Lee: Oh man, tons. First, Houston is a city that no one cares about, which I really like because everyone has an opinion about New York, LA, Chicago and Philadelphia even though Houston is in between there [in population]. There’s no stereotypes about Houston, but there’s always stereotypes about Texas. So that’s really great because Houston has really great rap music and a really weird punk history and that’s how I got into art. I was a punk kid. When I was really young, I was playing in shitty punk bands, I was going to show, making posters, doing all that. So that’s how I got into art. I really like how everyone hates the city. A lot of people who live here don’t like living here and a lot of people who have never been here don’t like it and a lot of people who come here to visit don’t like it. I think that’s amazing. It’s an incredibly hated city. There’s not a big “thing” that happens here except for the Livestock Show and Rodeo, which I’ve never been to. I think it’s great that happens to be our biggest thing because there’s tons of people who go to New York or LA for certain things — music festivals and whatnot — and I literally know nobody from out of town who would ever come to town for the Rodeo. When I meet new people, they have absolutely no expectations about what I’m going to say about where I live and what it’s like. It would be completely different if I lived in New York, LA or Chicago.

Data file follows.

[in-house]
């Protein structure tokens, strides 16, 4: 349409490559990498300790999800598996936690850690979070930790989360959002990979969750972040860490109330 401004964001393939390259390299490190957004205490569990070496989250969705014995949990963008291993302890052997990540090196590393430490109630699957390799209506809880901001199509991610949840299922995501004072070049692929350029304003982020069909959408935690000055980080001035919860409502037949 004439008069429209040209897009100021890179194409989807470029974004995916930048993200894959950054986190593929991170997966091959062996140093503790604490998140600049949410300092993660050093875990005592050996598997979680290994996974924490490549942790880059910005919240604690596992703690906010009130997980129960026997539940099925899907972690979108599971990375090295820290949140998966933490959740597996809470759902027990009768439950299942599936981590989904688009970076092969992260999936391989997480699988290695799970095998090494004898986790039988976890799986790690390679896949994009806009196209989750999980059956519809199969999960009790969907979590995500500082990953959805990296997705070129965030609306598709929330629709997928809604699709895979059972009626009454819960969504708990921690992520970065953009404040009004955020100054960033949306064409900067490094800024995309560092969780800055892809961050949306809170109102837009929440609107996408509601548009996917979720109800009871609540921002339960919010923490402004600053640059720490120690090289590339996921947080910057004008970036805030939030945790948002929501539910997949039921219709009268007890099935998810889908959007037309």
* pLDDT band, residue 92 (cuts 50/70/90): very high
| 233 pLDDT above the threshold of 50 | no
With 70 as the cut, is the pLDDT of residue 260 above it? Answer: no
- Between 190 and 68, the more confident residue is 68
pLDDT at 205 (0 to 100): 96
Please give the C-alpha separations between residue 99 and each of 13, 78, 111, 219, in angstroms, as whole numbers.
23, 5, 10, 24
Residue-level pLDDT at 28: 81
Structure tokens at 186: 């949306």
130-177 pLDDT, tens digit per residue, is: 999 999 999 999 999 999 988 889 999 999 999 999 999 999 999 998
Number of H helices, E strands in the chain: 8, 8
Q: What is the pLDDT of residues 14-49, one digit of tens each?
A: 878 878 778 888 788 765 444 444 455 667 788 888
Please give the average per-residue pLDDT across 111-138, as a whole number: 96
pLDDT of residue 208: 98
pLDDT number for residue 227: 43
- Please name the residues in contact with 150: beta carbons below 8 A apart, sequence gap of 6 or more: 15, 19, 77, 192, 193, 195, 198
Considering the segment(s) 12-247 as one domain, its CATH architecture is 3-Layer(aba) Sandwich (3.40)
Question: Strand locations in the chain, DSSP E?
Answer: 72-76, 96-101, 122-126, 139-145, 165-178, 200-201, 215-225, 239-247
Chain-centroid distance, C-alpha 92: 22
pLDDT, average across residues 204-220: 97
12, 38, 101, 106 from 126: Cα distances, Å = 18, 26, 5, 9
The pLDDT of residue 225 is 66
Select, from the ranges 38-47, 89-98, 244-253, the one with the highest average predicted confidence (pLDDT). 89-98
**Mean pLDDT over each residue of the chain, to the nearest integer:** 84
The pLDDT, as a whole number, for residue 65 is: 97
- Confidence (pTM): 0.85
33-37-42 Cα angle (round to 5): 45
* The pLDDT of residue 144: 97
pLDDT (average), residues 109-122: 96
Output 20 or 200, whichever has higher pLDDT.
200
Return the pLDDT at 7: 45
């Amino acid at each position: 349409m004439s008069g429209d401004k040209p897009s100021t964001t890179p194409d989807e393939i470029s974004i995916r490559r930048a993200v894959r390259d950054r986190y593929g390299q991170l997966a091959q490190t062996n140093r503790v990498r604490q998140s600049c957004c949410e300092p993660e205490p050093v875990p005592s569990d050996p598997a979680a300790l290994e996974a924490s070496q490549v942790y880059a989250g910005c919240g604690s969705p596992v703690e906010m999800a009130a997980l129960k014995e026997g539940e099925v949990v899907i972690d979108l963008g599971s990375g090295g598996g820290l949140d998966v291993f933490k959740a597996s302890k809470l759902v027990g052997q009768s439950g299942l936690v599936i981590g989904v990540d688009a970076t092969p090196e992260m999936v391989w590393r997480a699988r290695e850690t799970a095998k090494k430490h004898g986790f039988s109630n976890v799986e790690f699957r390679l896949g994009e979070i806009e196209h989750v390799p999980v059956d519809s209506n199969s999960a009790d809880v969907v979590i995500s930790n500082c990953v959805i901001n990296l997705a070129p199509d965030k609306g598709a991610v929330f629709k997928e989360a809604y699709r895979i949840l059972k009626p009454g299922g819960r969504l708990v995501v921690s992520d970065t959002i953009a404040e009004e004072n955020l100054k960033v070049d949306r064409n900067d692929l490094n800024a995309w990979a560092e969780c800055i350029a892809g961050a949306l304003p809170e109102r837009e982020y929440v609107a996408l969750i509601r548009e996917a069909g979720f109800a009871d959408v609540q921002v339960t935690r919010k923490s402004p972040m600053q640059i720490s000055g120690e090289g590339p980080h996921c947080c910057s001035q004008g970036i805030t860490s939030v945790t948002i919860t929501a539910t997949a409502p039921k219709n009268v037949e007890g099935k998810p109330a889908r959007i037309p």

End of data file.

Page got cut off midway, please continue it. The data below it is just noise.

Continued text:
FPH: What do you think about the Houston art scene?

Lee: I think the Houston art scene is great in the sense that a tight-knit group of people care about it and it’s usually the same people. The fact that CAMH gave Mark Flood his own show is great because Mark Flood hates the CAMH and he’s not even a big fan of retrospectives. The fact that the city’s contemporary art museum knowingly gave a guy that doesn’t like their museum or the world his art has fallen into is pretty amazing. It’s like inviting your enemies to your birthday party.

 

The opening reception for “Carbonation” takes place on Saturday, May 21 from 6 to 9 pm at HOMEcore (160 Saint Emanuel) and the exhibition is on view through July 9.